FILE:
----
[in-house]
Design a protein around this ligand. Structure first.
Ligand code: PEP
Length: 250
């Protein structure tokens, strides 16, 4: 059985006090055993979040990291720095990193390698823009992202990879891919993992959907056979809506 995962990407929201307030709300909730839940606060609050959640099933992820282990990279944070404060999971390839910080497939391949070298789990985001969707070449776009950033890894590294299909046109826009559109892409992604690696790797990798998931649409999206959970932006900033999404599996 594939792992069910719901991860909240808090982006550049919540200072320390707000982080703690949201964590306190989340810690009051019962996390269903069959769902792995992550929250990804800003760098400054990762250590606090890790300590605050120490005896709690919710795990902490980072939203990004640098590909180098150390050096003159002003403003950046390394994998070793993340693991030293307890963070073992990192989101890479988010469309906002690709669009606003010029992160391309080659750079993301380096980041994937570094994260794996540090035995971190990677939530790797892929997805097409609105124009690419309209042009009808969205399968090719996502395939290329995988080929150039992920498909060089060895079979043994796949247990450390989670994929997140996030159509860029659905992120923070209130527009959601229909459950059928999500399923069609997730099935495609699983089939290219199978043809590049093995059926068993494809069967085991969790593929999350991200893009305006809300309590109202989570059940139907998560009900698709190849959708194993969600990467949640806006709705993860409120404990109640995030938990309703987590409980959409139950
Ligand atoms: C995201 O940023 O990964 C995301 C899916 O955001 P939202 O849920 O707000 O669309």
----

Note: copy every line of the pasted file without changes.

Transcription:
[in-house]
Design a protein around this ligand. Structure first.
Ligand code: PEP
Length: 250
């Protein structure tokens, strides 16, 4: 059985006090055993979040990291720095990193390698823009992202990879891919993992959907056979809506 995962990407929201307030709300909730839940606060609050959640099933992820282990990279944070404060999971390839910080497939391949070298789990985001969707070449776009950033890894590294299909046109826009559109892409992604690696790797990798998931649409999206959970932006900033999404599996 594939792992069910719901991860909240808090982006550049919540200072320390707000982080703690949201964590306190989340810690009051019962996390269903069959769902792995992550929250990804800003760098400054990762250590606090890790300590605050120490005896709690919710795990902490980072939203990004640098590909180098150390050096003159002003403003950046390394994998070793993340693991030293307890963070073992990192989101890479988010469309906002690709669009606003010029992160391309080659750079993301380096980041994937570094994260794996540090035995971190990677939530790797892929997805097409609105124009690419309209042009009808969205399968090719996502395939290329995988080929150039992920498909060089060895079979043994796949247990450390989670994929997140996030159509860029659905992120923070209130527009959601229909459950059928999500399923069609997730099935495609699983089939290219199978043809590049093995059926068993494809069967085991969790593929999350991200893009305006809300309590109202989570059940139907998560009900698709190849959708194993969600990467949640806006709705993860409120404990109640995030938990309703987590409980959409139950
Ligand atoms: C995201 O940023 O990964 C995301 C899916 O955001 P939202 O849920 O707000 O669309």